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18. Narendra Modi, keynote address at the Shangri-La Dialogue, Singapore, June 1, 2018.
19. Frederic Grare, “France: the other Indo-Pacific power,” Carnegie Endowment for International Peace, October 21, 2020, https://carnegieendowment.org/2020/10/21/france-other-indo-pacific-power-pub-83000
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25. Ben Blanchard, “Taiwan reports ‘large incursion’ by Chinese airforce,” Reuters, January 23, 2021, https://www.reuters.com/article/us-taiwan-china-security-idUSKBN29S0BK
26. “With China’s treatment of Muslim Uighurs determined to be genocide, Biden administration under pressure to act,” CBS News, January 27, 2021, https://www.cbsnews.com/news/china-treatment-of-muslim-uighurs-determined-to-be-genocide-biden-administration-under-pressure-to-act/
27. “Hong Kong security law being used to ‘eliminate dissent,’ says US, UK, Australia and Canada,” The Guardian, January 10, 2021, https://www.theguardian.com/world/2021/jan/10/hong-kong-security-law-being-used-to-eliminate-dissent-say-us-uk-australia-and-canada
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29. Alan Dupont, “Fighting the dragon: an effective response to Chinese coercion,” The Australian, December 11, 2020, https://www.theaustralian.com.au/commentary/fighting-the-dragon/news-story/301e3d702e789a10172b18bd7286adea
30. Catherine Wong, “China gives coastguards power to fire on foreign ships in disputed waters,” South China Morning Post, January 23, 2020, https://www.scmp.com/news/china/diplomacy/article/3118976/china-gives-coastguards-power-fire-foreign-ships-disputed
31. Dan Collyns, “Chinese fishing armada plundered waters around Galapagos, data shows,” The Guardian, September 17 2020, https://www.theguardian.com/environment/2020/sep/17/chinese-fishing-armada-plundered-waters-around-galapagos-data-shows
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33. Anthony Bergin and Jeffrey Wall, “China’s deal with PNG will deplete fishing stock and pose border risk,” Sydney Morning Herald, December 23, 2020, https://www.smh.com.au/national/china-s-deal-with-png-will-deplete-fishing-stock-and-pose-border-risk-20201223-p56pqs.html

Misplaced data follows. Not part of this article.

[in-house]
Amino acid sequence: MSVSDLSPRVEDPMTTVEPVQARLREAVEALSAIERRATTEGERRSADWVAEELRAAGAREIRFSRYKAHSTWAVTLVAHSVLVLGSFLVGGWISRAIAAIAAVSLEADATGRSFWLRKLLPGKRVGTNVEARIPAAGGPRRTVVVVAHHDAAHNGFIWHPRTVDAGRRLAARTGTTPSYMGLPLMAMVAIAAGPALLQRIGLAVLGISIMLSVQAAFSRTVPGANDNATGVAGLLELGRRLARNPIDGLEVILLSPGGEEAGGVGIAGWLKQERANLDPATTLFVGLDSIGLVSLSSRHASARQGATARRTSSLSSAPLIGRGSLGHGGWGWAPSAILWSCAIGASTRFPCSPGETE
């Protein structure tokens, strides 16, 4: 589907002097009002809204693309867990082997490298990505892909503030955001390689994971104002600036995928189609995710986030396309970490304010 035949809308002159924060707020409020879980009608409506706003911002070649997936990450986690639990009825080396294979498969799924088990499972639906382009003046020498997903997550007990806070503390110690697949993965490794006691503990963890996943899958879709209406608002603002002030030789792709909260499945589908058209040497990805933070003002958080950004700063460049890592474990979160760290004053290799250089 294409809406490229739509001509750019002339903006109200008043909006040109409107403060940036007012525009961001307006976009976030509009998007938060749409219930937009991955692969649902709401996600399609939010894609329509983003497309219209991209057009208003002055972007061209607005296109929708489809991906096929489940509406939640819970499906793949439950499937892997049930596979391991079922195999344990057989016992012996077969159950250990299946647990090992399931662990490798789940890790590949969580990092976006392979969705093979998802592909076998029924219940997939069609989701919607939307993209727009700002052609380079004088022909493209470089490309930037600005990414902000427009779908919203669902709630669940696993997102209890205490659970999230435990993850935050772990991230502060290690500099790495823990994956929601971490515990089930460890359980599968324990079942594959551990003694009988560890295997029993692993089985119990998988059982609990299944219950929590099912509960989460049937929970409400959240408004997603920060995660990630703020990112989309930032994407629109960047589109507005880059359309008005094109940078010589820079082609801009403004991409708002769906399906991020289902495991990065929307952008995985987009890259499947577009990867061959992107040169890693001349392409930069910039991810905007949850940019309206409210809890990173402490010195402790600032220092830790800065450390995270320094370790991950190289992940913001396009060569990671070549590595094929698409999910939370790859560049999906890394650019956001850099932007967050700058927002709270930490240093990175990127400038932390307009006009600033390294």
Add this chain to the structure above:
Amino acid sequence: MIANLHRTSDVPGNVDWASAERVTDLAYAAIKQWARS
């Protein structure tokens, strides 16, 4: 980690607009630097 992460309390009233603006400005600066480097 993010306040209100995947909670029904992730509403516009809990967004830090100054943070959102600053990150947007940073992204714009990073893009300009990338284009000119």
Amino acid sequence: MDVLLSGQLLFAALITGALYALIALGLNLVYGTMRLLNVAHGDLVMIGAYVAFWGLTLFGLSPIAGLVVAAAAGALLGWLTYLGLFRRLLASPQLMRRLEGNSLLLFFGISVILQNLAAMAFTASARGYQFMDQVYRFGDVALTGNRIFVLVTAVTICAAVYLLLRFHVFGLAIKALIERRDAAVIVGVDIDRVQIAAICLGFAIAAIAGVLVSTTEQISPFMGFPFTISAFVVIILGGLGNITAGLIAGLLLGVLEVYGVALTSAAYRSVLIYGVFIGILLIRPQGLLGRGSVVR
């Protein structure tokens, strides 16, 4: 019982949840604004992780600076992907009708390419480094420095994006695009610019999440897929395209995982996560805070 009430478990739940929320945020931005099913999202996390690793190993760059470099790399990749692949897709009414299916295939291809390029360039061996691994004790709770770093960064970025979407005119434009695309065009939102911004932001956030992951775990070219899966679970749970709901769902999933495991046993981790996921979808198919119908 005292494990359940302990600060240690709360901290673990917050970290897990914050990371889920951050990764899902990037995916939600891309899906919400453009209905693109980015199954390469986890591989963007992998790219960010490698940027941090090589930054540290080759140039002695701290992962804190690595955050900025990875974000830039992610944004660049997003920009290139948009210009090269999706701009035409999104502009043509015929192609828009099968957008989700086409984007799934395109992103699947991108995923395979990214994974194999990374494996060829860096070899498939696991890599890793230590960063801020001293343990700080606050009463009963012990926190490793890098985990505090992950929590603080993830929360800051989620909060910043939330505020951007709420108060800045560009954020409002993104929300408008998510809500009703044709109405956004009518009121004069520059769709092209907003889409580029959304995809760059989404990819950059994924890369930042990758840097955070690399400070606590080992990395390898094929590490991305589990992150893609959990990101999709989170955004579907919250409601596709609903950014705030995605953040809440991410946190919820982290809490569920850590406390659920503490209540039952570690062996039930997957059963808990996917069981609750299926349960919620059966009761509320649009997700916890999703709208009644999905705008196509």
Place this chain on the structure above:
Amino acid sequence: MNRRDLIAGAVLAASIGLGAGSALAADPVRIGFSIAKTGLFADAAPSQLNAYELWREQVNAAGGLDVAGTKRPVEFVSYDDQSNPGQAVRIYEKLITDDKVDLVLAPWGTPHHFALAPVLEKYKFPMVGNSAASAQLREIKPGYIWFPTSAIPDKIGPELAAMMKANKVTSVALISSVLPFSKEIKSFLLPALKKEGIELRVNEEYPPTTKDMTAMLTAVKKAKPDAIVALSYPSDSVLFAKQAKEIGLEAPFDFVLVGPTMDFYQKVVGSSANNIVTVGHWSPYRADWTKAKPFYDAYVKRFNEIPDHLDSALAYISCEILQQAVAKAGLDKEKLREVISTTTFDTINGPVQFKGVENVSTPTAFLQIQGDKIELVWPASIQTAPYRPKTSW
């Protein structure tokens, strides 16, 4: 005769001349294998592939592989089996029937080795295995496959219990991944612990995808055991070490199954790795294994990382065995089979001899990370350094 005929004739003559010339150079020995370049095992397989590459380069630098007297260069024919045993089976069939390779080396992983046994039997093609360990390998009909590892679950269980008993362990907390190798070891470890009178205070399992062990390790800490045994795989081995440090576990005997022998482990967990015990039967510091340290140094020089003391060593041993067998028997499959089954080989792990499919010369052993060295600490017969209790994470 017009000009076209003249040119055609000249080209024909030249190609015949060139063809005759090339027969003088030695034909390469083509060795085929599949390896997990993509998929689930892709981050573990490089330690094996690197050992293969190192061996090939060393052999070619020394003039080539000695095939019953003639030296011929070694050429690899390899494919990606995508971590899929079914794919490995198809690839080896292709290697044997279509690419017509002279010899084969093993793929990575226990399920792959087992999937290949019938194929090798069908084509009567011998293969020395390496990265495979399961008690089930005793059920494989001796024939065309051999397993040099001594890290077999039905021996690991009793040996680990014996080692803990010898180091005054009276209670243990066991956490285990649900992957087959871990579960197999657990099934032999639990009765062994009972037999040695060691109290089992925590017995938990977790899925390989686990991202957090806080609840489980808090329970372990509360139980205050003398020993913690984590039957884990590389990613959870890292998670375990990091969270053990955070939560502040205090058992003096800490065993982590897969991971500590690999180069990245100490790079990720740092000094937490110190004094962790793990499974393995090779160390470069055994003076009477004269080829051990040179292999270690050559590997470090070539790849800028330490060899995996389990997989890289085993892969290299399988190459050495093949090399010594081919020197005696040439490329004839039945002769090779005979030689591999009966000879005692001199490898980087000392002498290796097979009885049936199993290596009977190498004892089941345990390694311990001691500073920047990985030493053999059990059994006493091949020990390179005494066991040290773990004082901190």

34. “Japan pushes back against UK plan to boost G7 Asia reach,” Japan Times, https://www.japantimes.co.jp/news/2021/01/28/national/politics-diplomacy/uk-g7-japan-pushback/
35. US Department of State, “Fact Sheet: The United States and the Republic of Korea on Working Together to Promote Cooperation between the Indo-Pacific Strategy and the New Southern Policy,” January 20, 2021, https://www.state.gov/the-united-states-of-america-and-the-republic-of-korea-on-working-together-to-promote-cooperation-between-the-indo-pacific-strategy-and-the-new-southern-policy/?utm_source=miragenews&utm_medium=miragenews&utm_campaign=news
36. Derek Grossman, “Biden Administration Could Benefit from Keeping an Indo-Pacific Focus,” RAND (blog), November 30, 2020, https://www.rand.org/blog/2020/11/biden-administration-could-benefit-from-keeping-an.html
38. Dhruva Jaishankar, “Washington’s warped Asia Policy Debate,” The Interpreter, December 18, 2020, https://www.lowyinstitute.org/the-interpreter/washington-s-warped-asia-policy-debate
39. Tyler Pager and Natasha Bertrand, “White House shifts from Middle East quagmires to a showdown with China,” Politico, January 28 2021, https://www.politico.com/news/2021/01/28/biden-china-foreign-policy-463674
40. Ely Ratner, Daniel Kliman, Susanna Blume, Rush Dori et al, ‘Rising to the China Challenge.”
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42. Jamie Seidel, “China flexes muscles to US in South China Sea after promising to ‘open fire,’” news.com.au, January 28, 2021. https://www.news.com.au/technology/innovation/military/china-flexes-muscles-to-us-in-south-china-sea-after-promising-to-open-fire/news-story/48fecab56846fb19d2c0b7fd453f7789
43. Jeffrey Gettleman, Emily Schmall, and Hari Kumar, “New India-China Border Clash Shows Simmering Tensions,” The New York Times, January 25 2021, https://www.nytimes.com/2021/01/25/world/asia/india-china-border.html
44. Michael Beckley and Hal Brands, “Into the Danger Zone: The Coming Crisis in US-China Relations,” American Enterprise Institute brief, January 2021, https://www.aei.org/research-products/report/into-the-danger-zone-the-coming-crisis-in-us-china-relations/
45. Kurt Campbell and Rush Doshi, “How America can Shore Up Asian Order,” Foreign Affairs, January 12, 2020, https://www.foreignaffairs.com/articles/united-states/2021-01-12/how-america-can-shore-asian-order
46. Yoichi Funibashi, “Why a new Asia policy is needed under Biden,” Japan Times, January 17, 2021, https://www.japantimes.co.jp/opinion/2021/01/17/commentary/world-commentary/api-biden-asia/
47. National Security Council, “US Strategic Framework for the Indo-Pacific,” January 5, 2020, pp. 1-2.
48. Mira Rapp-Hooper, “From Primacy to Openness: US Strategic Objectives in Asia,” in Leah Bitounis and Jonathan Price, eds., The Struggle for Power: US-China Relations in the 21st Century, Aspen Institute, pp. 105, 109, https://www.aspeninstitute.org/publications/the-struggle-for-power-u-s-china-relations-in-the-21st-century/